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5 Exercise machines to avoid

Walk into various gyms around the country (perhaps even in your locale) and you face a sweat-inducing plethora of weight machines, all designed to target specific muscles and pump them up to their fitness potential. However, some of the most popular weight machines are actually biomechanically incorrect and can even put you at risk for injury. We asked Steve Perrine — author of The Women’s Health Diet and editor-in-chief of Men’s Health and Women’s Health Books — which exercise machines to avoid.

Woman with medicine ball

Women's Health Diet

The best exercise machine is Y-O-U

You may not know it, but you carry around one of the most effective fitness tools for getting in shape. “The best exercise machine for your body is, well, your body,” says Perinne. “Exercise machines aren’t built for your body, they’re built for some generic, make-believe body. They’re not only less effective at building lean muscle and burning calories, but they’re more likely to lead to injury, because they lock your body into ranges of motion that it’s not necessarily built for.”

5 Exercise machines to avoid

In The Women’s Health Diet, Perrine has a chapter on the 10 exercise machines to bypass when you’re at the gym. Here are his top five no-no exercise machines.

1Seated Leg Extension

Though this seemingly effective machine specifically targets the quadriceps muscles (the muscles that make up the front of your thigh), it puts undue strain on the ligaments and tendons of your kneecap. It locks your legs into a position and movement that your legs aren’t designed to support.

A better exercise: One-legged body-weight squats

Lift one leg up and bend the opposite knee, dipping as far as you can, while flexing at the hip, knee, and ankle. Use a rail for support until you develop strength and balance. Aim for 5 to 10 reps for each leg.

2Seated Military Press

One of the most popular upper-body machines, the seated military press is supposed to train your shoulders and triceps. But instead of being super-effective, it’s super dangerous for your shoulder joints because pressing weight overhead in a seated position does not allow your hips or lower body to stabilize and help your upper body press the weight upward.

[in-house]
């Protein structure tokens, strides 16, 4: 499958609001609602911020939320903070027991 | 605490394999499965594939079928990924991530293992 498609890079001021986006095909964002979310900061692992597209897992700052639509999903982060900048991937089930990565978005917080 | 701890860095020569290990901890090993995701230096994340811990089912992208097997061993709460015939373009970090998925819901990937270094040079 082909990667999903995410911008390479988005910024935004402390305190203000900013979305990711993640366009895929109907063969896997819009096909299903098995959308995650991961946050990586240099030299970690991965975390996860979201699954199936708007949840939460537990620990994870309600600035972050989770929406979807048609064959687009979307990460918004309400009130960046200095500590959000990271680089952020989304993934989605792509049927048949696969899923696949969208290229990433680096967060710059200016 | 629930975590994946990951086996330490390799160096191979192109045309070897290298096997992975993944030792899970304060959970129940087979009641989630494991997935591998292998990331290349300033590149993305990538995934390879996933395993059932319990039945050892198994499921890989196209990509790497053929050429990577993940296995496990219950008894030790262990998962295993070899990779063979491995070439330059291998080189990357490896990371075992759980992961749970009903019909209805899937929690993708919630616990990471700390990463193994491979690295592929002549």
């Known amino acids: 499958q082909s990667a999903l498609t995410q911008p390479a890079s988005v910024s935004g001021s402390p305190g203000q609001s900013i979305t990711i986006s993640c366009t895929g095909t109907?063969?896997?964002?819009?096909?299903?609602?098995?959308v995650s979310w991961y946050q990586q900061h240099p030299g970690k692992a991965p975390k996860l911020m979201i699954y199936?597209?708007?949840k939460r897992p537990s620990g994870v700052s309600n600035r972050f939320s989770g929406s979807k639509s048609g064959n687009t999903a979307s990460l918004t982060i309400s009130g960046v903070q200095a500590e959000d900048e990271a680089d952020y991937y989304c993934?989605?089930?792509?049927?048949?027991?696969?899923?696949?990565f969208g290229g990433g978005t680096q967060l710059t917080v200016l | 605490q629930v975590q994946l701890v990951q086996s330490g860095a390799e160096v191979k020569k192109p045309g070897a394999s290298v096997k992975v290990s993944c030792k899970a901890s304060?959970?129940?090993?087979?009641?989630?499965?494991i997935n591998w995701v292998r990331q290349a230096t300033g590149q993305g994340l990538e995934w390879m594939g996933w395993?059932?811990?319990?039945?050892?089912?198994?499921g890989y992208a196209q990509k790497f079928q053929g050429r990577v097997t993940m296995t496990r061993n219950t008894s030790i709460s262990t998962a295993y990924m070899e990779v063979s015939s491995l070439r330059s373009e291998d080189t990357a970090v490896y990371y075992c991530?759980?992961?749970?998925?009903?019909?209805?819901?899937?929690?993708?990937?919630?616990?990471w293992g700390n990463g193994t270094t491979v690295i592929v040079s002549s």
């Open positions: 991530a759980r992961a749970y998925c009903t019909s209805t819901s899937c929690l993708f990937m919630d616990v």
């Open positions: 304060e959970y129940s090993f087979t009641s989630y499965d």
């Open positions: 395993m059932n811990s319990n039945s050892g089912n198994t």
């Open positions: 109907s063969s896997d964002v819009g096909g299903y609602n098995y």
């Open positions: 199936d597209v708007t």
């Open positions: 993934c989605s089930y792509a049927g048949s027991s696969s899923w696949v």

A better exercise: Medicine ball throws

Stand 3 feet from a concrete wall. Bounce a rubber medicine ball off a spot on the wall 4 feet above your head, squatting to catch the ball and rising to throw it upward in one continuous motion. Aim for 15 to 20 reps.

3Seated Lat Pulldown (behind the neck)

All too often, you see weight lifters pulling the lat bar behind the neck with the goal of pumping up their lat muscles, upper back and biceps. Unfortunately, this form of lat pulldown puts strain on the shoulder joints, particularly if the shoulders are inflexible, and can damage the rotator cuff muscles.

A better exercise: Incline pull-ups

Place a bar in the squat rack at waist height, grab the bar with both hands, and hang from the bar with your feet stretched out in front of you. Keep your torso stiff and pull your chest to the bar, lower, repeat. Aim for 10 to 15 repetitions.

4Seated Pec Deck

This chest exercise machine is supposed to exercise the chest and shoulders. What it ends it up doing is putting the shoulder in an unstable position and placing excessive stress on the shoulder joint and connective tissue.

A better exercise: Incline pushups

Place a bar in the squat rack at waist height. Stand in front of the bar, lean forward and grab the bar with both hands, wider than shoulder-distance apart. Walk your feet back so you are in a pushup position with your chest over the bar. Lower your chest towards the bar then push up. Aim for 15 to 20 repetitions.

5Seated Hip Abductor Machine

Some women worship this leg exercise machine, thinking it is a miracle spot-reducer and will rid them of those pesky “saddlebags.” Not only is spot-reducing a myth, this machine promotes a movement that isn’t even functional. How often do you sit down and move your leg like that? Worse, if abduction is done with excessive weight and jerky technique, it can put undue pressure on the spine.

A better exercise: Side step with resistance band

Place a heavy short looped resistance band around your legs at the ankles. Sidestep out 20 paces, then repeat in the opposite direction.

Perrine can’t emphasize enough that your body is your best “machine” for exercises. He’s even come up with a safe, effective bodyweight-based workout to help you strengthen, tone and burn calories. “To turbocharge the effects of The Women’s Health Diet, we created a series of exercises called the Women’s Health Fast-Track Tone-Up Plan, which requires nothing more than you, and just 30 minutes three times a week.” Sounds a lot more fun than risking injury and wasting time with exercise machines that don’t work!

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